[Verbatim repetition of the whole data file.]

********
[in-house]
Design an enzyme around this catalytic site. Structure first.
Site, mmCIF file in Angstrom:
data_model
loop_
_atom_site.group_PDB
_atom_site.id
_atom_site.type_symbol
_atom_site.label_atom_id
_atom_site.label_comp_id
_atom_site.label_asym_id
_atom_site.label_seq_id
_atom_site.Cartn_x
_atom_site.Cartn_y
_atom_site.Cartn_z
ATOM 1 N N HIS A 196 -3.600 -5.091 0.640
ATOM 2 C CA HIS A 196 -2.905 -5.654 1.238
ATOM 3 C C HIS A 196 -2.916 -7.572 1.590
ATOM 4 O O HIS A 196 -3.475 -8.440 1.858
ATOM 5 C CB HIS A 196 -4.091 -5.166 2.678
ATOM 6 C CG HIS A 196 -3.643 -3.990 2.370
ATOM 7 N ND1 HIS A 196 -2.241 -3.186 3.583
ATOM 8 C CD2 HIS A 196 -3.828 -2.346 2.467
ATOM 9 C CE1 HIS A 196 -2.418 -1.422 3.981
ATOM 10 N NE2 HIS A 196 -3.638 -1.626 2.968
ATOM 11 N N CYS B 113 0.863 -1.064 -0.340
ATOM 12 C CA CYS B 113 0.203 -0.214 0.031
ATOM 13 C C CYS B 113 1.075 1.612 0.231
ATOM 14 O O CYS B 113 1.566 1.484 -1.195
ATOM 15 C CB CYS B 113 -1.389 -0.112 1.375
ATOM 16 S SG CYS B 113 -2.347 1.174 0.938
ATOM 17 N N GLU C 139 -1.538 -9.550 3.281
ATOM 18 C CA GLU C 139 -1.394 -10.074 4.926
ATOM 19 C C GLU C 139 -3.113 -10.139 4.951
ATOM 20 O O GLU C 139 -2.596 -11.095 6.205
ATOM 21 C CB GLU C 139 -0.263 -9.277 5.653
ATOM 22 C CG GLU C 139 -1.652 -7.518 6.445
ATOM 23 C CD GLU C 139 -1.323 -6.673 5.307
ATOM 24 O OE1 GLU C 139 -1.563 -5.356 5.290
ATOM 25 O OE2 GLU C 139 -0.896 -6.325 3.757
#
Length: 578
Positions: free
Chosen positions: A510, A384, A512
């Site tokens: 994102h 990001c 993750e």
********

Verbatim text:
[in-house]
Design an enzyme around this catalytic site. Structure first.
Site, mmCIF file in Angstrom:
data_model
loop_
_atom_site.group_PDB
_atom_site.id
_atom_site.type_symbol
_atom_site.label_atom_id
_atom_site.label_comp_id
_atom_site.label_asym_id
_atom_site.label_seq_id
_atom_site.Cartn_x
_atom_site.Cartn_y
_atom_site.Cartn_z
ATOM 1 N N HIS A 196 -3.600 -5.091 0.640
ATOM 2 C CA HIS A 196 -2.905 -5.654 1.238
ATOM 3 C C HIS A 196 -2.916 -7.572 1.590
ATOM 4 O O HIS A 196 -3.475 -8.440 1.858
ATOM 5 C CB HIS A 196 -4.091 -5.166 2.678
ATOM 6 C CG HIS A 196 -3.643 -3.990 2.370
ATOM 7 N ND1 HIS A 196 -2.241 -3.186 3.583
ATOM 8 C CD2 HIS A 196 -3.828 -2.346 2.467
ATOM 9 C CE1 HIS A 196 -2.418 -1.422 3.981
ATOM 10 N NE2 HIS A 196 -3.638 -1.626 2.968
ATOM 11 N N CYS B 113 0.863 -1.064 -0.340
ATOM 12 C CA CYS B 113 0.203 -0.214 0.031
ATOM 13 C C CYS B 113 1.075 1.612 0.231
ATOM 14 O O CYS B 113 1.566 1.484 -1.195
ATOM 15 C CB CYS B 113 -1.389 -0.112 1.375
ATOM 16 S SG CYS B 113 -2.347 1.174 0.938
ATOM 17 N N GLU C 139 -1.538 -9.550 3.281
ATOM 18 C CA GLU C 139 -1.394 -10.074 4.926
ATOM 19 C C GLU C 139 -3.113 -10.139 4.951
ATOM 20 O O GLU C 139 -2.596 -11.095 6.205
ATOM 21 C CB GLU C 139 -0.263 -9.277 5.653
ATOM 22 C CG GLU C 139 -1.652 -7.518 6.445
ATOM 23 C CD GLU C 139 -1.323 -6.673 5.307
ATOM 24 O OE1 GLU C 139 -1.563 -5.356 5.290
ATOM 25 O OE2 GLU C 139 -0.896 -6.325 3.757
#
Length: 578
Positions: free
Chosen positions: A510, A384, A512
């Site tokens: 994102h 990001c 993750e």